Tips for Fostering Your Company Culture in Today’s Virtual Work Environment


The COVID Effect

COVID-19 dramatically changed the way the world works. In a matter of a few months, the pandemic forced millions of employees around the globe to leave their traditional office spaces, to remand themselves to home isolation, and to figure out to keep working their jobs in a 100% remote capacity in order to keep the world running as we knew it.

This introduced the concept of a universal virtual work environment. And during this pandemic-induced remote seclusion, in an effort to attain more connectedness to our colleagues and clients, we found ourselves quickly retiring the conference call bridge line of old in favor of video conferences enabled by the likes of Zoom and Microsoft Teams. While we were physically separated, we at least were able to establish a sense of more connectedness through the likes of virtual stand-ups, meetings, and collaboration sessions.

Adapting to Our Virtual Work Environment

Fast forward to 2023. As the proverbial dust continues to settle on the COVID-19 pandemic, for many organizations the pendulum has continued to remain on the side of a heavily-influenced virtual work environment vs. the traditional office setting where people are physically face-to-face. And for those organizations in this situation, this sudden shift to remote work has leaders asking themselves: how do we maintain a sense of community and connection? How do we keep people engaged and motivated? How do we maintain accountability and results when we spend most of our days physically apart?

Tips on How to Foster a Positive Culture

Fostering a positive culture in a virtual workplace will continue to be top-of-mind task for leaders who desire to build and/or maintain a strong and productive team in today’s virtual world. Here are a few tips we Blackstone and/or our clients have found for fostering a sense of community and connectedness with a highly virtualized work environment:

  1. Make ‘Camera-On’ a Non-Negotiable: The simple fact is that being ‘on camera’ requires a higher level of accountability for the individual vs ‘camera off’.  With ‘camera off’, not only is professional dress optional, but also are things that people would normally do when going into the office such as: taking a shower, contributing in a meaningful way, and/or even paying attention. So one item found to be effective is mandating a ‘camera on’ virtual culture.  It helps everyone treat virtual meetings with more professional respect, and teams invariably get more out of them vs. the same meeting ran with ‘cameras off’.
  2. Recognize and Appreciate Good Work: While the pandemic did not change the importance of staff being recognized and appreciated for performing good work, the pandemic did amplify the priority that leaders should place on it when it is truly deserved.  When working remotely, it’s now more easy than ever to at times feel disconnected from the team and from the work people are doing. Thus leaders should continue to frequently recognize and reward hard work and achievements when deserved in order to keep employees motivated and connected to the team, their department and the company as a whole.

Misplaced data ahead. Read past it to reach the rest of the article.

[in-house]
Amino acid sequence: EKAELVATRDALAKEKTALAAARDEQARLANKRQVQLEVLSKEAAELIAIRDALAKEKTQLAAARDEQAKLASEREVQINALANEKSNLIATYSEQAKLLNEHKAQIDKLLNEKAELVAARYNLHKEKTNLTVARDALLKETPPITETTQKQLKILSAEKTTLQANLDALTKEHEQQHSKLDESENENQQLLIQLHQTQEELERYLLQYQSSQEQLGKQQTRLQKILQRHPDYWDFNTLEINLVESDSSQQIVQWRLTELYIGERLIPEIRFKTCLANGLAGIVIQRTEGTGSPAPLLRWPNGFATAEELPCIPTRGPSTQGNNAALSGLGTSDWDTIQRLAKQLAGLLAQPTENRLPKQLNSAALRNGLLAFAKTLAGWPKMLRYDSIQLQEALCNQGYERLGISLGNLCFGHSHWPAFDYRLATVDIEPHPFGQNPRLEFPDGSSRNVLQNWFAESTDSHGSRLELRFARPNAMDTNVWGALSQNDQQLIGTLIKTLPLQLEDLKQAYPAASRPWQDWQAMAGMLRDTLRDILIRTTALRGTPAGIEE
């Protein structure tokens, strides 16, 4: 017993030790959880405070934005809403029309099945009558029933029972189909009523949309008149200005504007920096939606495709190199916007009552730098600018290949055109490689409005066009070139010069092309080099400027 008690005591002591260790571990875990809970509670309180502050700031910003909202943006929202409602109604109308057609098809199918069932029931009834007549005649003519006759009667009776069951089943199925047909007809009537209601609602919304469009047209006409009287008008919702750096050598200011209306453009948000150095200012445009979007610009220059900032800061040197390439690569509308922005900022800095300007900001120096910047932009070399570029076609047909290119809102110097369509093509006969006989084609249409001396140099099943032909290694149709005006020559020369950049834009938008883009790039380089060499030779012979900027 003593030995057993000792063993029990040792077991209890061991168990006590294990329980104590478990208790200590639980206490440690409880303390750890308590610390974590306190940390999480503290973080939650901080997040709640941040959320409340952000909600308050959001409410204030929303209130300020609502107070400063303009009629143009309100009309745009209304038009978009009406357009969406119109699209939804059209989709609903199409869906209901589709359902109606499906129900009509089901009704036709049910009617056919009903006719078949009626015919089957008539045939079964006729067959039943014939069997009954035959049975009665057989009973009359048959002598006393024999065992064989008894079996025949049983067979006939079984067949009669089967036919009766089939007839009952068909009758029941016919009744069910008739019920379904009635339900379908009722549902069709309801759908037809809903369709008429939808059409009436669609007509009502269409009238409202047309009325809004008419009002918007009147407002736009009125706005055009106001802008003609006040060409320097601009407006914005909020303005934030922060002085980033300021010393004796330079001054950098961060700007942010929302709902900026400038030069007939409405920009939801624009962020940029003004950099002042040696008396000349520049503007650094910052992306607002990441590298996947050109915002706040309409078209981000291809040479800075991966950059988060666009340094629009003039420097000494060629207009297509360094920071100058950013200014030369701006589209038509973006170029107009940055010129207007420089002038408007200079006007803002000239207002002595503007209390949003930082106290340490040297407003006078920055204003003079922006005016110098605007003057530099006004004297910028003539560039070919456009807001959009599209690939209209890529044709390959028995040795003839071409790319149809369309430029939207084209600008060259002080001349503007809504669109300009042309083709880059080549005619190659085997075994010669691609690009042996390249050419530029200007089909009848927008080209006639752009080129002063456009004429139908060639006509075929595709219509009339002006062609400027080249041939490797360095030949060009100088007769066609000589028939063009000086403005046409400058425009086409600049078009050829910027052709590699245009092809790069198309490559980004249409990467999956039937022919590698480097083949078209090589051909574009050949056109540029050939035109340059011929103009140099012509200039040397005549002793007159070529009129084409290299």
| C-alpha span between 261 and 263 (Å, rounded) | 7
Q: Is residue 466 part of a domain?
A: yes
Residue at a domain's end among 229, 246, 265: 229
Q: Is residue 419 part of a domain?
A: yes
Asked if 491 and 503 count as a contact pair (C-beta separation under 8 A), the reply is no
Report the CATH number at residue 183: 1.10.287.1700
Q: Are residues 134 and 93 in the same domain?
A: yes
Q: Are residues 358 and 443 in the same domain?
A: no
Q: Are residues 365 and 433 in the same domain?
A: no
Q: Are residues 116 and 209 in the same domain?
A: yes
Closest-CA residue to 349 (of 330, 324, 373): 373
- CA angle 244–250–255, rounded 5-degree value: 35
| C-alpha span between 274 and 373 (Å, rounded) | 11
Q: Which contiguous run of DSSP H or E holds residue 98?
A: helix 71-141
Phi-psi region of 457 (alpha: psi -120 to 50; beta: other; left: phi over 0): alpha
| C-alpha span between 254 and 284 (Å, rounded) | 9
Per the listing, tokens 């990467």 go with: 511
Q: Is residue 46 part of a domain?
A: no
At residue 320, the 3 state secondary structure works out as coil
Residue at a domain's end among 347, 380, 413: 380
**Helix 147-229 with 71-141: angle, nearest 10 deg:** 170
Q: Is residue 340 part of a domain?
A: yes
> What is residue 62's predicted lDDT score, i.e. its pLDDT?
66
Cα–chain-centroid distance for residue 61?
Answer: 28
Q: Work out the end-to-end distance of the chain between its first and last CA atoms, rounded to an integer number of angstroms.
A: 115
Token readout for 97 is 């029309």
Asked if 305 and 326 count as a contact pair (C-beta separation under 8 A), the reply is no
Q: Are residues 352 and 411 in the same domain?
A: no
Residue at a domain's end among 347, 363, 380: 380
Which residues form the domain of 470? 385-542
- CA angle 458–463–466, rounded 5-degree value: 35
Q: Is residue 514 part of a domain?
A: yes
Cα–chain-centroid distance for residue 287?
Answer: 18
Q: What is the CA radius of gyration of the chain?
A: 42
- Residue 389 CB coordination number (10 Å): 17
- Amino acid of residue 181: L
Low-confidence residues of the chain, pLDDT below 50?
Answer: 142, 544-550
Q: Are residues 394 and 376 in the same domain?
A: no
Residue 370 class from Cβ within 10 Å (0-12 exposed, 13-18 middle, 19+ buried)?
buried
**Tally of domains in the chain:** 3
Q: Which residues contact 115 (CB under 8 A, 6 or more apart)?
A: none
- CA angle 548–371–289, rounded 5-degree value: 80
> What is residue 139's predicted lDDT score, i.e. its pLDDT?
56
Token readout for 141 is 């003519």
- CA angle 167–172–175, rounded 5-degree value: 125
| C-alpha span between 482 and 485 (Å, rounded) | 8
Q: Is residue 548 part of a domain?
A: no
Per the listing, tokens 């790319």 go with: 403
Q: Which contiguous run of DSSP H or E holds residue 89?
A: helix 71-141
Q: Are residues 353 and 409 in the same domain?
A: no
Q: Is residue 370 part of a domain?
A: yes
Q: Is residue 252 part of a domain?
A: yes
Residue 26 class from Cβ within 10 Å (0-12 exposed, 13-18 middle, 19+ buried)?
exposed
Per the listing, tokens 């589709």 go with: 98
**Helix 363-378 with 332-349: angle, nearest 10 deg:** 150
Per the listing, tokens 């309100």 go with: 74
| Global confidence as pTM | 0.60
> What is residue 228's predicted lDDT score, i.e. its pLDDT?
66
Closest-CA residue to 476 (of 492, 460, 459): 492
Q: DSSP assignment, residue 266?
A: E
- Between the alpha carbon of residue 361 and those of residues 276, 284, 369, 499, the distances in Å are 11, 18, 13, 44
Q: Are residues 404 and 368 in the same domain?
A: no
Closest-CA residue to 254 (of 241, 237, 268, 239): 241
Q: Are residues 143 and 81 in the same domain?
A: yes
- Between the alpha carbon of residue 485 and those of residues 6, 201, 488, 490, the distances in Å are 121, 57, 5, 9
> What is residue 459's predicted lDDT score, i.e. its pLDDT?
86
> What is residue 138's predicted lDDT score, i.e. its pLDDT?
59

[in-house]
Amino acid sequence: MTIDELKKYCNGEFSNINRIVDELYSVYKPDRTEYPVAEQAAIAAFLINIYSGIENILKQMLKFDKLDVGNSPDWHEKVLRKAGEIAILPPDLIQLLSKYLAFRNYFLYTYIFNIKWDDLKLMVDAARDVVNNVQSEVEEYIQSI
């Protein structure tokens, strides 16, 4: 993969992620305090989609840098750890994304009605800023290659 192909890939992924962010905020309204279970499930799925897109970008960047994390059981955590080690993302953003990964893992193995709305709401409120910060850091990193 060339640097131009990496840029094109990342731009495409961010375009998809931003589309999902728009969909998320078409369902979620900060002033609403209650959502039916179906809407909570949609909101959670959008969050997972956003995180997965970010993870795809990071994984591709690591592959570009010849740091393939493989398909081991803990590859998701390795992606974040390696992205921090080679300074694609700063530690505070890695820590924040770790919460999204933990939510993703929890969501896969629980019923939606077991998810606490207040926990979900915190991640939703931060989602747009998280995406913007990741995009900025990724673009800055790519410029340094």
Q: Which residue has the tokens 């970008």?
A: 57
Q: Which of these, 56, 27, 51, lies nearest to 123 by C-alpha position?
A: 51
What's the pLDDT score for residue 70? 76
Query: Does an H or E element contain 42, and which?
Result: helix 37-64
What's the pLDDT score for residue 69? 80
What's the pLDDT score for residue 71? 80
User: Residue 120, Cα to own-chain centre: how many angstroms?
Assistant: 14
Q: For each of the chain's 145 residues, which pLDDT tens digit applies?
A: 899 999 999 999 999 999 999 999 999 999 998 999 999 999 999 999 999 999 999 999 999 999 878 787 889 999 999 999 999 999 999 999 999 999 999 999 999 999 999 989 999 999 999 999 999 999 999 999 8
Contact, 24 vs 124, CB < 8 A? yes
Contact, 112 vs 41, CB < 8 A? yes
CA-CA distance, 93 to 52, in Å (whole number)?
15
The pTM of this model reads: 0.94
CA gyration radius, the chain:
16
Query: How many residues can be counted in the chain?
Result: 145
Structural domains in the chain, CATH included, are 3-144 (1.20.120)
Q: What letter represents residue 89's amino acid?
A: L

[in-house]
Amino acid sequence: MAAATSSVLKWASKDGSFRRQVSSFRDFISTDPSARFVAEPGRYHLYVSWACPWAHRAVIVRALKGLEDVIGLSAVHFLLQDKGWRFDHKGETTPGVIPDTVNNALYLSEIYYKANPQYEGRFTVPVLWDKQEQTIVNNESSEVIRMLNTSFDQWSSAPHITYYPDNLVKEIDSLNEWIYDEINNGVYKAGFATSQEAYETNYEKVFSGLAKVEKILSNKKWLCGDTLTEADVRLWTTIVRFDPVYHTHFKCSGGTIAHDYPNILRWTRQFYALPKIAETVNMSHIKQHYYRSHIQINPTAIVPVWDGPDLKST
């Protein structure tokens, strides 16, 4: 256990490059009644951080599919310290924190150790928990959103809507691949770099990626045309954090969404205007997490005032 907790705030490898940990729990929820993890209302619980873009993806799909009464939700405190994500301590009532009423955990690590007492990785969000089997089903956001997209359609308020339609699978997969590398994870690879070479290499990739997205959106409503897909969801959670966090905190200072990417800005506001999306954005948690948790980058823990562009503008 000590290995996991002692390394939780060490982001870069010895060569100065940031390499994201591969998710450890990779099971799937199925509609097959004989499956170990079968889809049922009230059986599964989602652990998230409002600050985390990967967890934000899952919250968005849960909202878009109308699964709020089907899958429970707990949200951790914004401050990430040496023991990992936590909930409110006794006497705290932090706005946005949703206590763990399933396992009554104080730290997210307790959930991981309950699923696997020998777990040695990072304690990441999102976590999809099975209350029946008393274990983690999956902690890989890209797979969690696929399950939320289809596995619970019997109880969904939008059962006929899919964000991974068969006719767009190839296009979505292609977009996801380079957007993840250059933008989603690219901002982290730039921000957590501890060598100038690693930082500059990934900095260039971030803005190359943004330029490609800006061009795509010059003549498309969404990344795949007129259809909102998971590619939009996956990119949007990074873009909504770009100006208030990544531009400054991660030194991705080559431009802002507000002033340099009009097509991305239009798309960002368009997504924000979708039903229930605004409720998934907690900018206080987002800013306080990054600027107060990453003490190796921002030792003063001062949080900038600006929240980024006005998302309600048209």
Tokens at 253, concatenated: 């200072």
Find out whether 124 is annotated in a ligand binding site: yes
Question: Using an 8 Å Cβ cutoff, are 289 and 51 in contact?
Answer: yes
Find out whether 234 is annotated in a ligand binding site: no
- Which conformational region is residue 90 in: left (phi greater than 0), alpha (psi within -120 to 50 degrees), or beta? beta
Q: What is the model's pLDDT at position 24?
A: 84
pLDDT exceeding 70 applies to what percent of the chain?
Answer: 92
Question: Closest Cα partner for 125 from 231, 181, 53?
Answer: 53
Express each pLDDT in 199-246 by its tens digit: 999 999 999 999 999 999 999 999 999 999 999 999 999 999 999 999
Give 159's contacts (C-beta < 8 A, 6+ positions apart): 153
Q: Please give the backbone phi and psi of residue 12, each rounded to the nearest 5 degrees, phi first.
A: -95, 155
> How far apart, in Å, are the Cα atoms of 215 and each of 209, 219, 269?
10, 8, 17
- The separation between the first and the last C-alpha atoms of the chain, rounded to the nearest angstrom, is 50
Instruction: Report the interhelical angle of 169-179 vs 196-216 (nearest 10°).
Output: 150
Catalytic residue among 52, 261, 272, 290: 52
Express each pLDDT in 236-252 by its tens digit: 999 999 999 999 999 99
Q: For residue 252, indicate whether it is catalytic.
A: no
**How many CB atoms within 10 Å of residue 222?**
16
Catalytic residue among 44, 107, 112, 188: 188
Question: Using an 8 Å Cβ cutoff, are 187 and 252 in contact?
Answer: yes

3. Communicate Regularly and Effectively: In a virtual environment, information does not flow as freely and casually as it once did. In a traditional office setting, information flowed across cubicles, in the hallway, in the breakroom, and at lunch.  Leaders must recognize that this information flow has been largely disrupted in the virtual workplace, and it’s important now more than ever to be frequently communicating – updates, issues, wins, planned changes down the road, etc. – to ensure everyone feels connected to the organization and on the same page with where it is heading.
  4. Allow for Flexibility: Where the proverbial ‘9-to-5’ in office hours were previously more rigidly enforced, be sure to allow for flexibility in individuals’ work schedules so that they can find their stride in the work-life balance. From staff who work out, coach, are an avid hobbyist and/or need to take care of children, leaders who are more open to accommodating their staff’s individual schedules throughout the traditional ‘work day’ will help enable their employee bring their best self to the table for the team. Don’t be a punch clock manager: look more broadly. Set goals with dates and allow your staff to get them done however they need to.
  5. Make In Person Sessions More Meaningful: What used to be taken for granted (seeing your fellow employees, team, managers, staff, etc.) is now quite often a rarer and more special occasion. With that, while happy hours and lunches/dinners are great, think about other ways you can connect with your team. From community volunteering to indoor skydiving to group retreats to the beach, leaders should look to be more creative in finding ways to foster meaningful human connection across the team.
Finding the Right Mix

Despite some of these challenges leaders are faced with, there are also many inherent benefits to remote workers that should not be forgotten. Remote work can help employee’s work-life balance, reduce or wholly eliminate their commuting stress, and give more time back to them then they previously had: all inherent pluses of the remote work environment. So while recognizing this, organizational leaders who can help foster the right mix of community, recognition and flexibility within this new remote work environment are setting themselves up to realize better team dynamics – in the form of productivity organizational loyalty, and job satisfaction – than they’ve ever previously had.

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